Where’d You Get That?! — Bad Karma HC
Oct 10, 2013 by     Comments Off    Posted In: Crowd Funding Flash, Kickstarter Spotlight, Reviews

Bad Karma LogoBad Karma is more than just a book, it’s also the creative collective comprised of Alex Grecian, Jeremy Haun, B. Clay Moore, and Seth Peck. Bad Karma, the book, was successfully funded on Kickstarter back in January that resulted in a whopping 200+ page tome that includes comic short stories, prose short stories, and many pinups and art pieces, all set in a shared universe. With everything from time travel to zombies to chaotic agents to Lovecraftian horror and seedy detectives, Bad Karma mixed and matched varying concepts and creators to make something that was truly astounding.

Though there are a multitude of stories with a wide-ranging set of genres and styles, Bad Karma is chiefly comprised of five tales told in one or more segments: Middletonthe story of a boy genius who must solve crimes past, present, and future; Chaos Agenta story of the battle between Chaos and Order and how the delicate balance keeps life as we know it running; Old Dog, in which an ex-police officer deals with personal demons as well as things a bit more supernatural; Hellbent, a story of a seedy, corrupt detective in Victorian England who isn’t the best person around, but he may be the only hope; and The Ninth Life of Solomon Gunn, in which Solomon Gunn finds himself slipping through time in search of answers to questions he barely understands at all.

BadKarma_Cover

With such a wide range of stories, it’s hard to talk about all of them, but I would like to talk about two of my favorites, one a short prose story and the other an installment in the Hellbent stories. The short prose story Hungry Steve, written by Alex Grecian with a couple of illustrations from Nathan Fox. After finding a zombie, though never called that, trapped in the woods, three boys begin to care for him as they would a pet. After a few days of feeding and watching the creature they affectionately named Steve, something terrible happens, as it often does. After the incident with Steve, a mysterious group creates a cover story for what happens, leaving only one boy who really knows what happened out in the woods.

Hungry Steve is well-crafted by Grecian. It starts off as a simple, innocent adventure of three young friends as they go play in the woods. It ends with something much more terrible. The way it seems unrelated to anything else in Bad Karma, but still ties into the overall world is great. It doesn’t feel bogged down with trying to fit into some sort of canon or continuity, and the connection to the rest of the stories is done in a completely natural way. Grecian paints a detailed picture of Steve, goofy grin and all, and his young caretakers and the grisly end that comes to the short-lived adventure. The illustrations from Nathan Fox help to give a good visual representation of Steve trapped in his tree root prison, only enhancing the overall impact of the short story.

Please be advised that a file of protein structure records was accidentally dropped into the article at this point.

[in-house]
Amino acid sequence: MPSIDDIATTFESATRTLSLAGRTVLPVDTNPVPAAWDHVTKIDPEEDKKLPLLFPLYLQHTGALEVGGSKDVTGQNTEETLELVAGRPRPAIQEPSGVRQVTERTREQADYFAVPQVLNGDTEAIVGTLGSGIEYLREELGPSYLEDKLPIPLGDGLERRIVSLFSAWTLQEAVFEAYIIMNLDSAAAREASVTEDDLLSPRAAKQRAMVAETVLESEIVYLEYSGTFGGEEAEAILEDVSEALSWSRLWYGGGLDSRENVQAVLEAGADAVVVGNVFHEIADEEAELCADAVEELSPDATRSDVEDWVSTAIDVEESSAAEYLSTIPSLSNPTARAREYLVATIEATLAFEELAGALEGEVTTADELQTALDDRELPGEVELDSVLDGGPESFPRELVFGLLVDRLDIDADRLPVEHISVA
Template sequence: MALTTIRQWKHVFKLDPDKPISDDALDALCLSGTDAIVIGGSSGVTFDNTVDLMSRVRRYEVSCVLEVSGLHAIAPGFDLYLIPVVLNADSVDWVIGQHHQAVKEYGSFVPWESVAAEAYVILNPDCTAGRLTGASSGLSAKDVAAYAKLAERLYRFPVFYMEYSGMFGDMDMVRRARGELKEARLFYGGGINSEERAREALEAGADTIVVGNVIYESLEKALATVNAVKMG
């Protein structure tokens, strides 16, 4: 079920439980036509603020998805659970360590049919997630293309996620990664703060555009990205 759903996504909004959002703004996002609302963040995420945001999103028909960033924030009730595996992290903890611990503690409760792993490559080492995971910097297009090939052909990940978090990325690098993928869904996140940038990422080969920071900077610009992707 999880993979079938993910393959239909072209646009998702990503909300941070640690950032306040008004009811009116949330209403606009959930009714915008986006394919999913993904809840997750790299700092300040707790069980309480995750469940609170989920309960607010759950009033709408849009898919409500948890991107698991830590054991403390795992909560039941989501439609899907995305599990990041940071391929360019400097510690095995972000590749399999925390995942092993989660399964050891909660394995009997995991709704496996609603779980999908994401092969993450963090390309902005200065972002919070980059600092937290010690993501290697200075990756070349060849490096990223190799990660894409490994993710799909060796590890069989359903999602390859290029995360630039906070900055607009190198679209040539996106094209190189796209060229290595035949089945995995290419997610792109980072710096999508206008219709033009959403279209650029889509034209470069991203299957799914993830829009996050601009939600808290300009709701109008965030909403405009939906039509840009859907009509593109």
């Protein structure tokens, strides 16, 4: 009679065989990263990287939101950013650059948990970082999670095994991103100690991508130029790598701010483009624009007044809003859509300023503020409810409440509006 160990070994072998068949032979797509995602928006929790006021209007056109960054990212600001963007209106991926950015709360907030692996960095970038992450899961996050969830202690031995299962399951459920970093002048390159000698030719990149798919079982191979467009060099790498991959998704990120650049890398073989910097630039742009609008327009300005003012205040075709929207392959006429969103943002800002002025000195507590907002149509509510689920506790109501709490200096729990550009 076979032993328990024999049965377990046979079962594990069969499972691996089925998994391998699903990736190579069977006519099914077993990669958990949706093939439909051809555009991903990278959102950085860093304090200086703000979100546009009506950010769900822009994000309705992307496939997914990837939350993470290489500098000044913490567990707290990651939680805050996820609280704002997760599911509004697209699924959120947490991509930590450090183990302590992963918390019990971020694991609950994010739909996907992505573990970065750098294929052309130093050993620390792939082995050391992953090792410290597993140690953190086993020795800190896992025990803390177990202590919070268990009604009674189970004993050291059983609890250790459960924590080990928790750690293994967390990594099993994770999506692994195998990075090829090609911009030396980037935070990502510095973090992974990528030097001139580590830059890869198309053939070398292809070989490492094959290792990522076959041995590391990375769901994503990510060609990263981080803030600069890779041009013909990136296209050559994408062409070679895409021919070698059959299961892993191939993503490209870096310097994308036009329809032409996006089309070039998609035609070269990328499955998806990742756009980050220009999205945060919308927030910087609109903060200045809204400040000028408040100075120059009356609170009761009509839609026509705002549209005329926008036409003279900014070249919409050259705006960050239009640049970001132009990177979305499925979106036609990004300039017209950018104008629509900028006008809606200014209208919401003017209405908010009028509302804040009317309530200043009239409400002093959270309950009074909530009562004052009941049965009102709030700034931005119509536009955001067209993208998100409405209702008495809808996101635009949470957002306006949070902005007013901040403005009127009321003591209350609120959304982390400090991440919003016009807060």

The first installment of Hellbent, setting up who the character is and his future dealings with the supernatural in Victorian London is my favorite of the bunch. Seth Peck has made Bentley a character who is morally corrupt, a bully, ruthless, and generally a terrible, terrible person. He’s the exact opposite of who you’d want to be a police officer, but it turns out that he just might be the right person to take care of supernatural threats. His ruthlessness and vicious spirit find a good target when he’s exposed to something entirely otherworldly and almost killed twice. Though you hate him, Bentley is the only hero there is, and Peck makes him just enough of one to carry the story. A hard-edged dirty cop set in Victorian London is already a great idea, the Lovecraftian monsters only make it better. The art from Tigh Walker on this installment of Hellbent gives Bentley and London a dark, bold look. The heavy line style and the shading make this feel like a grim sort of a detective story, in the best possible way.

These are just two of over a dozen short comic stories and prose shorts, not to mention all the pinups. Basically, Bad Karma is packed to the brim with fantastic comics, fantastic prose, and fantastic art from a group of writers and artists with so much talent that it can barely be contained all in one book. For those interested, be sure to check out the Bad Karma site and the Bad Karma store page, where shirts, books, and prints can be found. The Bad Karma guys will also be at New York Comic Con, so be sure to track them down there.

Art: 10/10
Script: 10/10
Parental Concern: Language, blood, guts, death, etc.

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